Some years ago, when I was president of Congregation B’nai Israel, in Northampton, Massachusetts, I wrote a short story I set in my synagogue. Here, Chagall-like, are the story’s opening lines:
When the telephone rang, shortly after three a.m. on a cold, early November morning—Officer Ed Sedowski calling to say that a lost Torah had been found wandering around the local shopping mall—Rabbi Saul Gewirtz was fast asleep on his living room couch, having taken himself there some two hours before, following a fight with his wife Pauline.
I had a delightful time conjuring up an imaginary rabbi’s life—I rewrote the story several times, published it in a good literary quarterly, and several years later the story became the title story of my third collection, News from the New American Diaspora and Other Tales of Exile. The stories I gathered for this collection spanned most of the twentieth century of Jewish-American life, and in 2005, at the time of the book’s publication, I returned to Northampton to give a reading at the synagogue. (A wandering Jew myself, after 30 years of exile in New England, I had, in 1999, left Northampton and returned to my home town of New York City.)
But many years before this, when the story was a manuscript, I had shown it to our B’nai Israel rabbi, Philip Graubart, himself a marvelous novelist and short story writer. Philip and I were friends, and I asked him to take a look at it, especially because in the story I had detailed a day in Rabbi Saul Gewirtz’s life. In that single day, Rabbi Gewirtz is attacked by a man with AIDS, who spits on the rescued Torah, and accuses the rabbi of being a heartless unforgiving God and smug Jewish doctor rolled into one; he is sexually assaulted and cursed by a female congregant with whom he had once had an affair; he is harangued by a Russian Jewish emigré whose children despise him, and whose wife has left him, and who, weeping away, asks the rabbi why God plays jokes with honest men.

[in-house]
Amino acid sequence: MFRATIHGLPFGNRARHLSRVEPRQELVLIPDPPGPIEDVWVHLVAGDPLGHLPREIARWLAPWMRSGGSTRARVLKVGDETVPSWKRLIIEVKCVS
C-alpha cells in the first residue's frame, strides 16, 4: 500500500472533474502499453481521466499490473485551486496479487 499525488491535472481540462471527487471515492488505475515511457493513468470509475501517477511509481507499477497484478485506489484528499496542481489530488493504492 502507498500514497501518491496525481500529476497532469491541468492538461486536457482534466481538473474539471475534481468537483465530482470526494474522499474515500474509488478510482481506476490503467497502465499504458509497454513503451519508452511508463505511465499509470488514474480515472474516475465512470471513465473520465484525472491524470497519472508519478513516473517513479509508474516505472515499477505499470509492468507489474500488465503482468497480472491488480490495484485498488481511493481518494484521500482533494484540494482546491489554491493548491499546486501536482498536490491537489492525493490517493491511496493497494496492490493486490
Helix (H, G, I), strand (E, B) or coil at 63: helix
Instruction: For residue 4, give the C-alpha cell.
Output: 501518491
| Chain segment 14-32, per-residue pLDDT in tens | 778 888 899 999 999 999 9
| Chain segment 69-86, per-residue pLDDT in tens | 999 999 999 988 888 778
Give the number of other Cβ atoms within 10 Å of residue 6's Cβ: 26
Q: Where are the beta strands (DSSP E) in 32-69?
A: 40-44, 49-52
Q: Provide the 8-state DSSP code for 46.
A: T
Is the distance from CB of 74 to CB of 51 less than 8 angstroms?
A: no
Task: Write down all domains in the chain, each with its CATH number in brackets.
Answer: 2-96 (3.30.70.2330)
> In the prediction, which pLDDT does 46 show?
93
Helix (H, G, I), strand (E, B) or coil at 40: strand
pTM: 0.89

They came and they went: a lesbian couple whose adopted daughter, not yet a year old, was afflicted with leukemia; an Israeli man of seventy-eight whose divorced wife was dying in Israel and who wanted to go there and ask her forgiveness, but was terrified of flying and fearful that his ex-wife would die before he arrived; a fifty-year-old stockbroker, whose father, eighty-three years old and a survivor of Buchenwald, had Alzheimer’s, was perpetually incontinent, refused to wear diapers or to live in a nursing home, and so was sitting day and night in his own piss and shit in the son’s home; a brother and sister, fourteen and fifteen years old, who, victims of a joint custody arrangement in which they stayed in a house that their mother and father took turns visiting, had begun having sex with one another . . .
And on and on it went.
Rabbi Graubart called me a few days later, and suggested we have lunch together. I was nervous—worried he had taken the story personally, and had been offended—but when, at lunch, I asked him what he thought of the story, he said he loved it. When I asked him what he thought of the rabbi’s day, and of the people who came and went from the rabbi’s study, he smiled.
“It seemed like a typical day in my life,” he said.
And then he laughed.